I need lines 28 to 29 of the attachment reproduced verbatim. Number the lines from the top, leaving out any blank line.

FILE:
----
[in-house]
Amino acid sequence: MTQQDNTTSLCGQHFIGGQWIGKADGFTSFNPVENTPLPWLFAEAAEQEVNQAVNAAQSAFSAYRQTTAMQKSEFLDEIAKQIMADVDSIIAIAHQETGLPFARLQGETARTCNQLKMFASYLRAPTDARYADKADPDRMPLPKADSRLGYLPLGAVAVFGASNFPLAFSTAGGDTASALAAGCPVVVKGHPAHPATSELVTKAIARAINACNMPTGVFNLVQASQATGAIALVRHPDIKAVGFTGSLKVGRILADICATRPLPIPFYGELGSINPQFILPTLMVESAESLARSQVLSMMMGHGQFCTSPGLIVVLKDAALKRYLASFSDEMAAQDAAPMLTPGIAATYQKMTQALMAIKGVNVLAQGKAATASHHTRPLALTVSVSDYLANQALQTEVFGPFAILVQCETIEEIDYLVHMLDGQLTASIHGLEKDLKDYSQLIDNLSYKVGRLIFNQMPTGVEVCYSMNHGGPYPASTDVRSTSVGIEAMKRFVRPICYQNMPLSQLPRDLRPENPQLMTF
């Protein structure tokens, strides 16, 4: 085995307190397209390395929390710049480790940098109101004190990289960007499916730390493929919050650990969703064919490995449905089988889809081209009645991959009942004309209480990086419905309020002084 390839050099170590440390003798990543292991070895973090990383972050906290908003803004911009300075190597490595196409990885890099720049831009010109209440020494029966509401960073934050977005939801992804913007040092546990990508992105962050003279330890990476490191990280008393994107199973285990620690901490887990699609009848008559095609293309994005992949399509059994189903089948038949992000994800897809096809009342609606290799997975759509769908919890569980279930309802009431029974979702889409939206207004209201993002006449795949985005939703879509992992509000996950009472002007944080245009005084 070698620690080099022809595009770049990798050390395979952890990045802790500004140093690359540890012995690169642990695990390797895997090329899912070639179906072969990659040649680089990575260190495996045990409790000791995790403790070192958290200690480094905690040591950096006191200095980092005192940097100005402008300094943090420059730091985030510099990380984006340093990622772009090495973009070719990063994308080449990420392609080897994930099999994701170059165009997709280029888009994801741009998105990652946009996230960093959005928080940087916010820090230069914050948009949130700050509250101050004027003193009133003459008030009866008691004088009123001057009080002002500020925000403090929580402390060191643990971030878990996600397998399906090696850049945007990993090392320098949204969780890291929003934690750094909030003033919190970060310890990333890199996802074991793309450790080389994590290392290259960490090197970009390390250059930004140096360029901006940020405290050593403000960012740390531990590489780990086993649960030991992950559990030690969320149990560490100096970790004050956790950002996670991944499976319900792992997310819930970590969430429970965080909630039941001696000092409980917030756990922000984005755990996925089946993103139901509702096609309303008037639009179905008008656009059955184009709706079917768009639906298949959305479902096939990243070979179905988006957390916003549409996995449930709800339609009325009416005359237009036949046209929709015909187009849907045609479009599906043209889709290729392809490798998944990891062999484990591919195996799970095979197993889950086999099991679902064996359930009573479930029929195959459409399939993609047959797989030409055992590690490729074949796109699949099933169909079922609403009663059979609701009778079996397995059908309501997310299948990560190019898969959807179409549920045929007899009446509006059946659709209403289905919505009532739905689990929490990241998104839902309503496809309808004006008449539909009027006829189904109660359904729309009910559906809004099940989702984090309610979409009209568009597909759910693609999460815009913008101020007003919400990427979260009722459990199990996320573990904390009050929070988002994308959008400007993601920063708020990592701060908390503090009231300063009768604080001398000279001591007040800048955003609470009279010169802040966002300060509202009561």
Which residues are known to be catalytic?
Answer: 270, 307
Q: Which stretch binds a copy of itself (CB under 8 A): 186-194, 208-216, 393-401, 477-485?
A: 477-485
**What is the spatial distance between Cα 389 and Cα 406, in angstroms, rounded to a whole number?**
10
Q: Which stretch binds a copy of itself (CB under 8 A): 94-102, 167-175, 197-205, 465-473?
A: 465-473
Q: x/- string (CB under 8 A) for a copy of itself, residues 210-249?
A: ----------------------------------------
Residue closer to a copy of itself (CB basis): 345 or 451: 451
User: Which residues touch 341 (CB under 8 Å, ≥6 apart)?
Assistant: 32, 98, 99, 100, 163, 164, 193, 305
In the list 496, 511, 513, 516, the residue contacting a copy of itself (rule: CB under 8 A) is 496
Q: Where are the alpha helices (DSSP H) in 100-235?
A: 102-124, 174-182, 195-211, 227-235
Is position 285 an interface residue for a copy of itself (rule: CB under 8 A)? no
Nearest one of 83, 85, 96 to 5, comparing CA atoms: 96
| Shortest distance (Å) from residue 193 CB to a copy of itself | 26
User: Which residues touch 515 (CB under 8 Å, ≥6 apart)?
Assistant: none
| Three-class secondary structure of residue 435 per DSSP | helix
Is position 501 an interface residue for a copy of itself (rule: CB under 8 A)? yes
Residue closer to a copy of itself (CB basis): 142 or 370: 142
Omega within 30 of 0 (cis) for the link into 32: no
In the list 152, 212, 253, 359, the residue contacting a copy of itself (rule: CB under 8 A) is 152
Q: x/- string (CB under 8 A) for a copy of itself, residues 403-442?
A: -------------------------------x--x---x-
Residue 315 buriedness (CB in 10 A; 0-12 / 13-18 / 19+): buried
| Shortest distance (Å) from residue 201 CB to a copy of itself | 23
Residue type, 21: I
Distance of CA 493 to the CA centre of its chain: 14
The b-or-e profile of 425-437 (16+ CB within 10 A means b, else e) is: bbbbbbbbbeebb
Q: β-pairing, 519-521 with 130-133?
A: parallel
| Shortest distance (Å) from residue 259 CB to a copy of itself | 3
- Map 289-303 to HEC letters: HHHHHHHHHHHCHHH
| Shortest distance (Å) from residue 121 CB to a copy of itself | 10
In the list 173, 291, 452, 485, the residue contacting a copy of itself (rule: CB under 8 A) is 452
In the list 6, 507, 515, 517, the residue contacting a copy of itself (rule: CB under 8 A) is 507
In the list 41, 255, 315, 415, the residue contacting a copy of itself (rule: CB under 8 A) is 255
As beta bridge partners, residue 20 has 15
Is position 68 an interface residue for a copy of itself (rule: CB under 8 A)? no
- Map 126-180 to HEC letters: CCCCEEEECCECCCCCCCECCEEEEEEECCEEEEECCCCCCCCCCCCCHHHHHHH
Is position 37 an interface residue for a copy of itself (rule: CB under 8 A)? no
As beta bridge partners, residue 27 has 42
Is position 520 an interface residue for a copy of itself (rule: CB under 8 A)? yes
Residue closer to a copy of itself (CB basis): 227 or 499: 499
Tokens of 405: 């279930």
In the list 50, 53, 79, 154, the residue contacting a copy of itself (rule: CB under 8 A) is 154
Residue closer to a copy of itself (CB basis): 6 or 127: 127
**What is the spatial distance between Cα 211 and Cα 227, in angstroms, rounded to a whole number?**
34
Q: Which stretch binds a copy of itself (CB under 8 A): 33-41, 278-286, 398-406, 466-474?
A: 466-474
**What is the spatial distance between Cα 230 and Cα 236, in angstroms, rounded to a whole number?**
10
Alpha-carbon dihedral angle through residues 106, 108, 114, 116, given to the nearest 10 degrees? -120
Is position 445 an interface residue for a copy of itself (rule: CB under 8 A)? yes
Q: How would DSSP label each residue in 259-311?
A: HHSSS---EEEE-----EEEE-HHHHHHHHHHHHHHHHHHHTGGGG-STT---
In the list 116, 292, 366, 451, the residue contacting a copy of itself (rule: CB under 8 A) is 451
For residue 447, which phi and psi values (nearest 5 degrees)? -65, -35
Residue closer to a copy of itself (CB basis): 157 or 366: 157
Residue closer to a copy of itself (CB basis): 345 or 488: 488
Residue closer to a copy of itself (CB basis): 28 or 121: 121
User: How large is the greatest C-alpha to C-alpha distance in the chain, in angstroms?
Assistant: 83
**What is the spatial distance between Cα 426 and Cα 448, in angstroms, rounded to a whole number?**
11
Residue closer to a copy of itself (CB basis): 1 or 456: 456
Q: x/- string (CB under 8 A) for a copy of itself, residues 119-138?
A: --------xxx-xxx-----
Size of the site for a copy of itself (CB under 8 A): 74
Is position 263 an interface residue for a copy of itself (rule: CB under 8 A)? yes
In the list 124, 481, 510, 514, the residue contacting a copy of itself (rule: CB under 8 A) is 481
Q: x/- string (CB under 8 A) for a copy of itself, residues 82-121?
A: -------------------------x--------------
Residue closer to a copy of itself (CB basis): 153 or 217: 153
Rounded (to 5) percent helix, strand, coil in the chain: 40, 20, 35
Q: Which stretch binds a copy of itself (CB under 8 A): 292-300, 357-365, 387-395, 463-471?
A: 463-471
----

Omega within 30 of 0 (cis) for the link into 32: no
In the list 152, 212, 253, 359, the residue contacting a copy of itself (rule: CB under 8 A) is 152